Market Insider

Market to European Central Bank: Size of QE matters!

Can ECB meet expectations?

Earnings and economic reports all take a back seat to the European Central Bank in the holiday-shortened trading week ahead.

Investors are looking to the ECB to on Thursday announce a program of government bond purchases, or quantitative easing.

"The only thing that is important next week is the ECB meeting," Mark Luschini, chief investment strategist at Janney Montgomery Scott, said.

"The ECB is going to be the biggest driver next week, what they decide to do as far as rates and their QE should have a big impact on global markets," Paul Nolte, senior vice president, portfolio manager at Kingsview Asset Management.

The markets are expecting a very impressive QE, a la United States, a la Japan. Some investors may be playing both sides, and by that I mean playing for a big move. If they do come down with a big package, global markets will rally strongly, if they don't do much of anything, you could see markets fall apart," Nolte said.

"There's a huge amount of anticipation, and a lot of volatility around this ECB decision on Thursday. It'll be a combination of what they say they're going to do, and their intentions after that," Scott Wren, senior equity strategist at Wells Fargo Investment Institute, said.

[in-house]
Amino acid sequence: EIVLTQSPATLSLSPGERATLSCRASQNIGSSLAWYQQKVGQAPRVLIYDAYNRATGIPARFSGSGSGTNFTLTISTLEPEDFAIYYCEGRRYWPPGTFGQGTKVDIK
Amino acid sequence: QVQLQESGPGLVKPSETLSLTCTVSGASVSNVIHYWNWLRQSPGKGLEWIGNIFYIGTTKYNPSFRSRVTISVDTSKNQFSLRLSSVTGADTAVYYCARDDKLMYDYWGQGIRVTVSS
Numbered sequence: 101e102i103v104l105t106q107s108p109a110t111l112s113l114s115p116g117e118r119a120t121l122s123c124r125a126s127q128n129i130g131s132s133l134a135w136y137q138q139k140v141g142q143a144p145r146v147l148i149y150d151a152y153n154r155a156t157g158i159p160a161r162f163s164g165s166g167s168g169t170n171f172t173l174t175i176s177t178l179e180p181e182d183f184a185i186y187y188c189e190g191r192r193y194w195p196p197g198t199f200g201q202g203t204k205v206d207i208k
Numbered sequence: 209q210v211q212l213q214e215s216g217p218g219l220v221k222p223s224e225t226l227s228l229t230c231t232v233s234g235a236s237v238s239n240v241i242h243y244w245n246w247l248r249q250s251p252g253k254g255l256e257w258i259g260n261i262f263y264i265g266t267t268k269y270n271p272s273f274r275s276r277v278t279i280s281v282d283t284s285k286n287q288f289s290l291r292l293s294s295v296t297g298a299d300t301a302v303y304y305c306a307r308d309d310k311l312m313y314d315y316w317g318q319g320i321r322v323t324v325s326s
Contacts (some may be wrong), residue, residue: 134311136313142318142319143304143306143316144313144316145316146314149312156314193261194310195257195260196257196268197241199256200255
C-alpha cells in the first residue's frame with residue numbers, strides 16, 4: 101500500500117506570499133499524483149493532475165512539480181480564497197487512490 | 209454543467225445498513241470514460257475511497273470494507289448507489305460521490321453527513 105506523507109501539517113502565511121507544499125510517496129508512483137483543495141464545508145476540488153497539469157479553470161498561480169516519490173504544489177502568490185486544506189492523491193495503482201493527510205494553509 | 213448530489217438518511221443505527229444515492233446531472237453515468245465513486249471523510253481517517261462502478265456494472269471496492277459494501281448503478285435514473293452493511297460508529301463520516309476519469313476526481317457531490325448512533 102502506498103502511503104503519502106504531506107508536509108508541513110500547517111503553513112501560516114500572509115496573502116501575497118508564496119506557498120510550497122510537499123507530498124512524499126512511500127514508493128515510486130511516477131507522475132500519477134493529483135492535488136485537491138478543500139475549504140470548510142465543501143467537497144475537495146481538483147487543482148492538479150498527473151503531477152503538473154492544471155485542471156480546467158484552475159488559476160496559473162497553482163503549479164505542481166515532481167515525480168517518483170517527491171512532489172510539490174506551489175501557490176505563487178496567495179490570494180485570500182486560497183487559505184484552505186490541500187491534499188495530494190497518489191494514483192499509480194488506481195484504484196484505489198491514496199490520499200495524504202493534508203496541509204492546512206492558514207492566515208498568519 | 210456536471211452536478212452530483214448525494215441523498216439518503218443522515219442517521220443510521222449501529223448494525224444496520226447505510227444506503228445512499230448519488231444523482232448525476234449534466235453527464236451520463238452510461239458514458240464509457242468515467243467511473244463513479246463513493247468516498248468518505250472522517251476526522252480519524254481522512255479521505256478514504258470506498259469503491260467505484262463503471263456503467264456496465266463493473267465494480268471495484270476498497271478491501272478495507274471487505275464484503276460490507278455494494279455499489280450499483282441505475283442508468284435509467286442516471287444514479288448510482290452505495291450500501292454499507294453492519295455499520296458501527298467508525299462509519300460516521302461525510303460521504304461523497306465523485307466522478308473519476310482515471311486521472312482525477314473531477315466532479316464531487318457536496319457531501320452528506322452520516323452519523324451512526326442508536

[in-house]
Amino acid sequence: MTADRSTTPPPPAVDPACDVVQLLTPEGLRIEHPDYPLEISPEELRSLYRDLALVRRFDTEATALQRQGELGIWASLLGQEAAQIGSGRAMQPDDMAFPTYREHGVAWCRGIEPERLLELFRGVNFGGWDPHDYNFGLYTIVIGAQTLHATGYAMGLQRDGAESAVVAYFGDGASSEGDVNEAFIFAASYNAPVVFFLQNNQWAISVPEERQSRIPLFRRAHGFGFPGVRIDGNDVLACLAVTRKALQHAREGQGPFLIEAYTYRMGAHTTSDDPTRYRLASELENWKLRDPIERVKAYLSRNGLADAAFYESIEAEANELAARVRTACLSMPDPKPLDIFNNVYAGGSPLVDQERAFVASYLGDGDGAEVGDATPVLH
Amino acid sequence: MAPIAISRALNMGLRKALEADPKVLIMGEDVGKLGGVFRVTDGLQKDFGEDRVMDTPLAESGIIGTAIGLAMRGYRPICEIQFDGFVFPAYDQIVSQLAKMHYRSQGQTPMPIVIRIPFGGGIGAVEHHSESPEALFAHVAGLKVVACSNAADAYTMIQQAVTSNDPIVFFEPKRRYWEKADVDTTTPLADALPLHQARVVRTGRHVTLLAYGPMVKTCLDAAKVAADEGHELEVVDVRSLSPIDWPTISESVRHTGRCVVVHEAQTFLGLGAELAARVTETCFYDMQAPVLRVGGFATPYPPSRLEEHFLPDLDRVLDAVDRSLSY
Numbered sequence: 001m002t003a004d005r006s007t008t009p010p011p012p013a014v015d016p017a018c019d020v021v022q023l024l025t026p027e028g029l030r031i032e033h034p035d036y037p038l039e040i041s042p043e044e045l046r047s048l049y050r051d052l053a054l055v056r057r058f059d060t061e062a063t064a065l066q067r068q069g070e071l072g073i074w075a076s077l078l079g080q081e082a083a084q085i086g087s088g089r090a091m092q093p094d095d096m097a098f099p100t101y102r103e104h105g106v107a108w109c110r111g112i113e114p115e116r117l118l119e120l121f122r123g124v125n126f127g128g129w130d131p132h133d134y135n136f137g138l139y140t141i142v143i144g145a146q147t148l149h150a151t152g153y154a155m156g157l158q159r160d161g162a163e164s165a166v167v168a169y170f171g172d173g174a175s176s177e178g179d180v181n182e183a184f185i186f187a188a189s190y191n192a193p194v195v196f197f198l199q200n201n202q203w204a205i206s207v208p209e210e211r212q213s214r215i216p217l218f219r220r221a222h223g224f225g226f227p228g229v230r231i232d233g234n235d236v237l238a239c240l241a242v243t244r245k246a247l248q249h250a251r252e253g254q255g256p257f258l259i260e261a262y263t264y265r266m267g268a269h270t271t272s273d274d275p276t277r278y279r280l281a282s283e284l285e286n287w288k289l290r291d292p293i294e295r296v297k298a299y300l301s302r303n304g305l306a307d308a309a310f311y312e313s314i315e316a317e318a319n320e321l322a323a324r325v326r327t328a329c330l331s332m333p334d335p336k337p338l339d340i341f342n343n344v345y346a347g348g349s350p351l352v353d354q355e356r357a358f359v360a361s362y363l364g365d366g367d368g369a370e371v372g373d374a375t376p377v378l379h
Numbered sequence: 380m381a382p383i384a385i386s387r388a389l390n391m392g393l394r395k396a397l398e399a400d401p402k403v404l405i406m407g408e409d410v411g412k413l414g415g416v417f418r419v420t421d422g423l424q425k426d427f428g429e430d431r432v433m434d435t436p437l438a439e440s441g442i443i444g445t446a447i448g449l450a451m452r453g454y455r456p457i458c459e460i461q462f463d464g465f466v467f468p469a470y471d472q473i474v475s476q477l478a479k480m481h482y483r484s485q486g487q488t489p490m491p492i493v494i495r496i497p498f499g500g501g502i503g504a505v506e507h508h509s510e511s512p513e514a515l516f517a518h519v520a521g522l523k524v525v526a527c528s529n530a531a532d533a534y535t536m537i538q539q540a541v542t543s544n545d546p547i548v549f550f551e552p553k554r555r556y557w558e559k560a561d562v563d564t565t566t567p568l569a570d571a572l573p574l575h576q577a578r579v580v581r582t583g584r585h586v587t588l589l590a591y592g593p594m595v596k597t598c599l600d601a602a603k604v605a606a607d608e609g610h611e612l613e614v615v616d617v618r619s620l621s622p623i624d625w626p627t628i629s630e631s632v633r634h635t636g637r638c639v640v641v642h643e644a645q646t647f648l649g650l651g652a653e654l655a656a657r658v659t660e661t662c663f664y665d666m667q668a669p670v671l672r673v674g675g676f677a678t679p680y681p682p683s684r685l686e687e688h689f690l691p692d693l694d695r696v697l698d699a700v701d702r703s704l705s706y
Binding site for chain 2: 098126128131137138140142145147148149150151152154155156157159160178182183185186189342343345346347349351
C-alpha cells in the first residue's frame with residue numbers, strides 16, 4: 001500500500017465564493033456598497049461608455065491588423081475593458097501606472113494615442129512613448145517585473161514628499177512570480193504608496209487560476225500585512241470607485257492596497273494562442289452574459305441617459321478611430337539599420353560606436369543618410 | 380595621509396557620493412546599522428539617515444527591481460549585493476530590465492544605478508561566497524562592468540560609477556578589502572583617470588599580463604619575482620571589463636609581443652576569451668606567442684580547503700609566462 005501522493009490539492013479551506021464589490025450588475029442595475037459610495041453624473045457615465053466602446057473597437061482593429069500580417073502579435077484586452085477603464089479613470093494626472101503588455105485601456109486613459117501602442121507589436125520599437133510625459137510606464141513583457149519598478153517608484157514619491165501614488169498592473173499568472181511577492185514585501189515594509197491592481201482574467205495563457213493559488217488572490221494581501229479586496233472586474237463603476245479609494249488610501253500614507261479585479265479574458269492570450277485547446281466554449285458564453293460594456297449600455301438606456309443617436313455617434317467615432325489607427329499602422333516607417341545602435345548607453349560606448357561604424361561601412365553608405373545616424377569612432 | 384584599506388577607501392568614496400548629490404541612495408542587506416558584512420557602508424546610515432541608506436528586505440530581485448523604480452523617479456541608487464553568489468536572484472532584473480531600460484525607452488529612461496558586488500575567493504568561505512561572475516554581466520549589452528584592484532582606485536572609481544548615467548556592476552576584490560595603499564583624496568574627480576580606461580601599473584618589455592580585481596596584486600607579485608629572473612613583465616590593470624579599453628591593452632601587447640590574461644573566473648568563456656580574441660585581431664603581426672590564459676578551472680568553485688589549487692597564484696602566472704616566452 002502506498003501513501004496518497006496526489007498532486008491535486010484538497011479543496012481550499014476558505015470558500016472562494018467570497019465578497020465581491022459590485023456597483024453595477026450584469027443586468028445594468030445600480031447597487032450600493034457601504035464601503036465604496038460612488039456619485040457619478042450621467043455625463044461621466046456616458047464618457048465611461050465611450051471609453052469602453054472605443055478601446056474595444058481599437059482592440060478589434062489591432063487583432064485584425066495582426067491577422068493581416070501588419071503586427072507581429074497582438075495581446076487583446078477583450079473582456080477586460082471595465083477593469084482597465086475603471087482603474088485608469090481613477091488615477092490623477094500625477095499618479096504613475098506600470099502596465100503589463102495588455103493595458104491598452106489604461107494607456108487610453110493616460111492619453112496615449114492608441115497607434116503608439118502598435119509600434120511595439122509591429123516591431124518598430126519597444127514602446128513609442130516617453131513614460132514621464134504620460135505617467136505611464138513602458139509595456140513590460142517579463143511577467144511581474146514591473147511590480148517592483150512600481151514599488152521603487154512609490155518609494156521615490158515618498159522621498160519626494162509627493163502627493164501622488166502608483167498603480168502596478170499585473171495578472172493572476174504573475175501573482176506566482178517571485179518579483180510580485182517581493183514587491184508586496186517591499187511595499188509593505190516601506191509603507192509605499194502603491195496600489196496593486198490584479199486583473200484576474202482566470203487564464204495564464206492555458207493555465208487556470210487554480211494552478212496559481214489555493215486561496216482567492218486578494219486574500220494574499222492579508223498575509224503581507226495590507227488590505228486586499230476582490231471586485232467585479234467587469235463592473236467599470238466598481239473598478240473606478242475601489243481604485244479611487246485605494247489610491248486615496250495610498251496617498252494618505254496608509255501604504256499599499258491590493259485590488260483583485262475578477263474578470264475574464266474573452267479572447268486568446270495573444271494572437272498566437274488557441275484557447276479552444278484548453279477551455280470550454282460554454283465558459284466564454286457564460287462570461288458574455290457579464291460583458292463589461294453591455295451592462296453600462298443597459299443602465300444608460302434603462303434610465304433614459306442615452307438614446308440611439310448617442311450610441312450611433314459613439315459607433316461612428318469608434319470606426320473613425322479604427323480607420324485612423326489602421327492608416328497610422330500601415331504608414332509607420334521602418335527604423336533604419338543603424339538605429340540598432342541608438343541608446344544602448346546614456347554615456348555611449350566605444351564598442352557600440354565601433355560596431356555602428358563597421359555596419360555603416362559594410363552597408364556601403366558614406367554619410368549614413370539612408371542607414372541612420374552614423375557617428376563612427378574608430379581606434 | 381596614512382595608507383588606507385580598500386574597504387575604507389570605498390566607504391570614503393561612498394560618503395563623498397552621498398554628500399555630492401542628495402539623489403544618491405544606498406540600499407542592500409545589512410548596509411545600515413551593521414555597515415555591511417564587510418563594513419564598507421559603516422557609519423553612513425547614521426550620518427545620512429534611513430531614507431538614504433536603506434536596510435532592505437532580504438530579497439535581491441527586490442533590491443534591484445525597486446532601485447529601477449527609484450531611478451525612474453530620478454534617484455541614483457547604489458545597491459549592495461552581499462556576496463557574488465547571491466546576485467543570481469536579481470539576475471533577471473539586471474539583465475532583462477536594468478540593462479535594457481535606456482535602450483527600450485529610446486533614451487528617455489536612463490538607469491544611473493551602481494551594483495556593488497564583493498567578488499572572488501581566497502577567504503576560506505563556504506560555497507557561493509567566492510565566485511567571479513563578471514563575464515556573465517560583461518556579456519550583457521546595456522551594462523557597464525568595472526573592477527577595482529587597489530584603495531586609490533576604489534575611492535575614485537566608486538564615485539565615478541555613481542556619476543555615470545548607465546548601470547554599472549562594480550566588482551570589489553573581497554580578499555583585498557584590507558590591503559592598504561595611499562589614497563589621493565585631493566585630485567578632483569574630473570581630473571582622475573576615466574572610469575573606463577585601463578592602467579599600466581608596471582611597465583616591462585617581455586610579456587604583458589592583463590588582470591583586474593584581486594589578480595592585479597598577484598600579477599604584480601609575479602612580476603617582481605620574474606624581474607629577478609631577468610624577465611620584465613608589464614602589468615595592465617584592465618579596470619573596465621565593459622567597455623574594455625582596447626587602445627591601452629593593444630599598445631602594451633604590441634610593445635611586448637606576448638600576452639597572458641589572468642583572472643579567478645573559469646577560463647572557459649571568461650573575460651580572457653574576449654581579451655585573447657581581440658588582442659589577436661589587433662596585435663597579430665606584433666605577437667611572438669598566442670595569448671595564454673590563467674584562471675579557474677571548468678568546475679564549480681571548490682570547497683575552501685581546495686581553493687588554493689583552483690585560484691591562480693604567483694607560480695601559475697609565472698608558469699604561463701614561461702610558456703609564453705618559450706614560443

"I think the ECB will act next week, and make some type of announcement. But the market is likely to be disappointed by the magnitude that the ECB initially says they're going to do, as the market would like to see a trillion. Let's say they come out with 500 billion, and some sort of statement of more.

Switzerland's central bank upended markets Thursday by removing its cap on the Swiss franc versus the euro, with the action viewed as a preemptive one to shield its currency from pressure should the ECB make a move.

"I suspect (ECB President Mario) Draghi gave a wink to the Swiss National Bank and allowed them to get in front of that, the question mark at this juncture is the order of magnitude. The market is vulnerable to an underwhelming response. The key, basically, is trying to restore the balance sheet to 2012 levels, so we'd have to at least have to see 1.3 billion euros," Luschini said.